Posted by News Fetcher on October 04 '18 at 03:11 PM
By BeauHD from Slashdot's cheaper-by-the-dozen department:
talonyx writes: D-Wave Systems, the contentious but scrappy maker of quantum annealing processors, has launched a cloud-based platform where developers can sign up for free and run problems on their quantum processor unit (QPU). There's an in-depth set of demos, documentation, and an open-source Python SDK to look at. "Leap is the latest addition to the quantum cloud -- services that virtualize quantum computing for almost anyone with a computer and a broadband connection to use," reports IEEE Spectrum. "Leap allows anyone to sign up, giving them one minute of time on a cloud-connected 2000Q each month. That might not sound like much, but a key advantage of quantum computing is to be able to solve in milliseconds problems like factoring large numbers, optimizing routes, or calculating molecular structures that could take traditional computers days or weeks."
"D-Wave estimates that each user's free minute of quantum computing time should be enough to run between 400 and 4,000 jobs each month," the report adds. "If developers want more, the company will charge commercial users $2,000 for one hour of access each month."

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US Department of Transportation Updates Autonomous Car Rules
Posted by News Fetcher on October 04 '18 at 03:11 PM
By BeauHD from Slashdot's adapting-to-the-times department:
The U.S. Department of Transportation (DOT) has released a report called "Preparing for the Future of Transportation: Automated Vehicles 3.0," which includes a new set of voluntary guidelines for automated driving systems. According to Engadget, the report "outlines additional safety principles, updates policy and offers guidance to state and local governments." From the report: The report notes that it's meant to be an update to, but not a replacement of, last year's guidance, and it encourages those developing automated driving systems to make public their Voluntary Safety Self-Assessments, which were introduced in last year's report. It also updates the list of best practices for state and local governments considering automated vehicle testing and operation. The agency also takes measures to clarify its policies and roles in regards to autonomous technology implementation. First, it's doing away with the Automated Vehicle Proving Grounds announced last year -- a list of 10 self-driving test sites that were eligible for federal funding. The DOT said that due to the "rapid increase in automated vehicle testing activities in many locations, there is no need for U.S. DOT to favor particular locations."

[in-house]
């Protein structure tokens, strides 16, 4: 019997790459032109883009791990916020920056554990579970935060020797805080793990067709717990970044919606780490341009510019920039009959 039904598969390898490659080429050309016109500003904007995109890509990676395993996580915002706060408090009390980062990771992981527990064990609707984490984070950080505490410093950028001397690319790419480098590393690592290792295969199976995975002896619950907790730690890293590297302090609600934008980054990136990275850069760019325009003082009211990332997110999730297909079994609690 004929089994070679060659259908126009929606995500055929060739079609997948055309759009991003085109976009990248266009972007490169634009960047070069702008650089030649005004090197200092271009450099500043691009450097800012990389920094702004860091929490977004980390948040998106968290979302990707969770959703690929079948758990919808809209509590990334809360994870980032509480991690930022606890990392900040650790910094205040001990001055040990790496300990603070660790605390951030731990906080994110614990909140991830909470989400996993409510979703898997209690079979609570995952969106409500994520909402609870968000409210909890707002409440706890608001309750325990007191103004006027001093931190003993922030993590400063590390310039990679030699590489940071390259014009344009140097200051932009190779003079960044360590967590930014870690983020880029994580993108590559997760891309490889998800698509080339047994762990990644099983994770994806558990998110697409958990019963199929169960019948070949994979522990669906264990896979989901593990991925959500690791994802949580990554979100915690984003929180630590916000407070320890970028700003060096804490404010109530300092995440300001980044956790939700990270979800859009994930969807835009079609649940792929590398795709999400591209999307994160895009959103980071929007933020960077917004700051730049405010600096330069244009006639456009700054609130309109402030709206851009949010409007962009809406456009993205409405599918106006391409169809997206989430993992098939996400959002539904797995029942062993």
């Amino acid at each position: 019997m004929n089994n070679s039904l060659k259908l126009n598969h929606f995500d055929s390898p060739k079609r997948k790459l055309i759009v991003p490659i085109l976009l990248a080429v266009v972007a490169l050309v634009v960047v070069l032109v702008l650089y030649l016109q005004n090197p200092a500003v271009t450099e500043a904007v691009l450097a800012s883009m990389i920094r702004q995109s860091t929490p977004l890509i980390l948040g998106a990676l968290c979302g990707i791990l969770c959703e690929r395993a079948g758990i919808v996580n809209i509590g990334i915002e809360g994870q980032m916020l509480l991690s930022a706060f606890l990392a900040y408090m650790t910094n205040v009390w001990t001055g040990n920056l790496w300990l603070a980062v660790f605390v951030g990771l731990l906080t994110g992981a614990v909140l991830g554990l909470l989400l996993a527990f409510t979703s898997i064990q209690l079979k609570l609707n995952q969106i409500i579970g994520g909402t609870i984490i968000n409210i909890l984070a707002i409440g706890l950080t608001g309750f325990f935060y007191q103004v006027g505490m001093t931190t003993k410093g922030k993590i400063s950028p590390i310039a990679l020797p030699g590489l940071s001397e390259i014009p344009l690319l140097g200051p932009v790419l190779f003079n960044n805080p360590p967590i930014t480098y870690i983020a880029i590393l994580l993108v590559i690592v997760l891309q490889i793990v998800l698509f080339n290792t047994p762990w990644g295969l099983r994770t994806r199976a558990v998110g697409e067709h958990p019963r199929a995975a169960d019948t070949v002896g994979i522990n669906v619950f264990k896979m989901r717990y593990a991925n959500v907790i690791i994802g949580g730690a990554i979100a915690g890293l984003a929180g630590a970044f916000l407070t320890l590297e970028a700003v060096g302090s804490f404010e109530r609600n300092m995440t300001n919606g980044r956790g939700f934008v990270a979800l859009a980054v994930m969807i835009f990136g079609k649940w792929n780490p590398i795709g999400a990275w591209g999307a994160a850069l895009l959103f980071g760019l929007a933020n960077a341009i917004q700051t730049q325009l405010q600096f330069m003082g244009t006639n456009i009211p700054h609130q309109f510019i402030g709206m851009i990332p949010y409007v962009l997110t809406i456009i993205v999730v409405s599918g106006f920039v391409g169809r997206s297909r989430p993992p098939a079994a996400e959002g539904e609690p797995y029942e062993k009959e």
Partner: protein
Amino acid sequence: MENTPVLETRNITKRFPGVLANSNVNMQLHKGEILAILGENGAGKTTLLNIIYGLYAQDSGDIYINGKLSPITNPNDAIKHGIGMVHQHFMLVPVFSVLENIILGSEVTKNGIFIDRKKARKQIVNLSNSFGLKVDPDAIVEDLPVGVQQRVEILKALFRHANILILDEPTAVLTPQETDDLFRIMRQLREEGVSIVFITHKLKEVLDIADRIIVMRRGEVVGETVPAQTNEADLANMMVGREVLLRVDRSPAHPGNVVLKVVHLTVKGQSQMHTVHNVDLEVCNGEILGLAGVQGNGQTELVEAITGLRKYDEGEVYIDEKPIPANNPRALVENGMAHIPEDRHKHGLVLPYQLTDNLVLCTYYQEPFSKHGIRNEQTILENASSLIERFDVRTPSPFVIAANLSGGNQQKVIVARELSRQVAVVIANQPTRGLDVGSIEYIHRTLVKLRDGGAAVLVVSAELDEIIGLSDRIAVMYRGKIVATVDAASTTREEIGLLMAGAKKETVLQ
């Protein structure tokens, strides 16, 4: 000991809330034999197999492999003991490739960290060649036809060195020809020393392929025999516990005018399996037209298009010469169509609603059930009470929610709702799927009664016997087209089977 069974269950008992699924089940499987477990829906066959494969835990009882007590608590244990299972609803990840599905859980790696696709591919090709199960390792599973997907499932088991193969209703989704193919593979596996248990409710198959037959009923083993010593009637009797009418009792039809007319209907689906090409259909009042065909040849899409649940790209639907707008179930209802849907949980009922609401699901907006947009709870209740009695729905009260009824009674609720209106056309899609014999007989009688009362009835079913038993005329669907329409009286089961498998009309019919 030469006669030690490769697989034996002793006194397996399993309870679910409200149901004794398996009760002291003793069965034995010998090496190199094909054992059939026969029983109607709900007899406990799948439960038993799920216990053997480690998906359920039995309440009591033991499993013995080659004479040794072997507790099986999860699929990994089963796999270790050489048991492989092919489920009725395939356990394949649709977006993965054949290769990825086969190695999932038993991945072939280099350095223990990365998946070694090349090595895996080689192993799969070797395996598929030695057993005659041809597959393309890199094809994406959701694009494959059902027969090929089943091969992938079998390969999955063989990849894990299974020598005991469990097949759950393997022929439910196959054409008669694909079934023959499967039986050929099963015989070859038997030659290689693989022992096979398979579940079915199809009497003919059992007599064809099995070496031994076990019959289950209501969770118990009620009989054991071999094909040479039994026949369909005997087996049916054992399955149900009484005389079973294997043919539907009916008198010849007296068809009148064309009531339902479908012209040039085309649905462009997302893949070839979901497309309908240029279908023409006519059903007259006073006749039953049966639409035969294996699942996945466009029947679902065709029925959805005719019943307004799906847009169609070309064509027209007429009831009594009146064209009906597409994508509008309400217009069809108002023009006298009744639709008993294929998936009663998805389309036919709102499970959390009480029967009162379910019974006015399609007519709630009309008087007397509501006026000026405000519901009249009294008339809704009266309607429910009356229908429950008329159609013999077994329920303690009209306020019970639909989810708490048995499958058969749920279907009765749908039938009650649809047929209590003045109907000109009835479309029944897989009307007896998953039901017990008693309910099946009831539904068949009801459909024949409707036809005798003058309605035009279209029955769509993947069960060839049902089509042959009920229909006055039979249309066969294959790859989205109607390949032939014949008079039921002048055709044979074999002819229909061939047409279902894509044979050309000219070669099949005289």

Additionally, the agency is working on updating language and regulations that it said unintentionally hamper automated vehicle progress. It will adapt its definitions of "driver" and "operator" to reflect that they no longer always refer to humans and can encompass automated systems. The DOT also announced a future notice of proposed rulemaking that will suggest exceptions to certain safety standards that apply only to human drivers -- such as pedals, brakes, mirrors and steering wheels -- for automated systems.

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BlackBerry Races Ahead of Security Curve With Quantum-Resistant Solution
Posted by News Fetcher on October 04 '18 at 01:50 PM
By BeauHD from Slashdot's intentionally-vague-announcements department:
An anonymous reader quotes a report from TechCrunch: Quantum computing represents tremendous promise to completely alter technology as we've known it, allowing operations that weren't previously possible with traditional computing. The downside of these powerful machines is that they could be strong enough to break conventional cryptography schemes. Today, BlackBerry announced a new quantum-resistant code signing service to help battle that possibility. The solution, which will be available next month, is actually the product of a partnership between BlackBerry and Isara Corporation, a company whose mission is to build quantum-safe security solutions. BlackBerry is using Isara's cryptographic libraries to help sign and protect code as security evolves.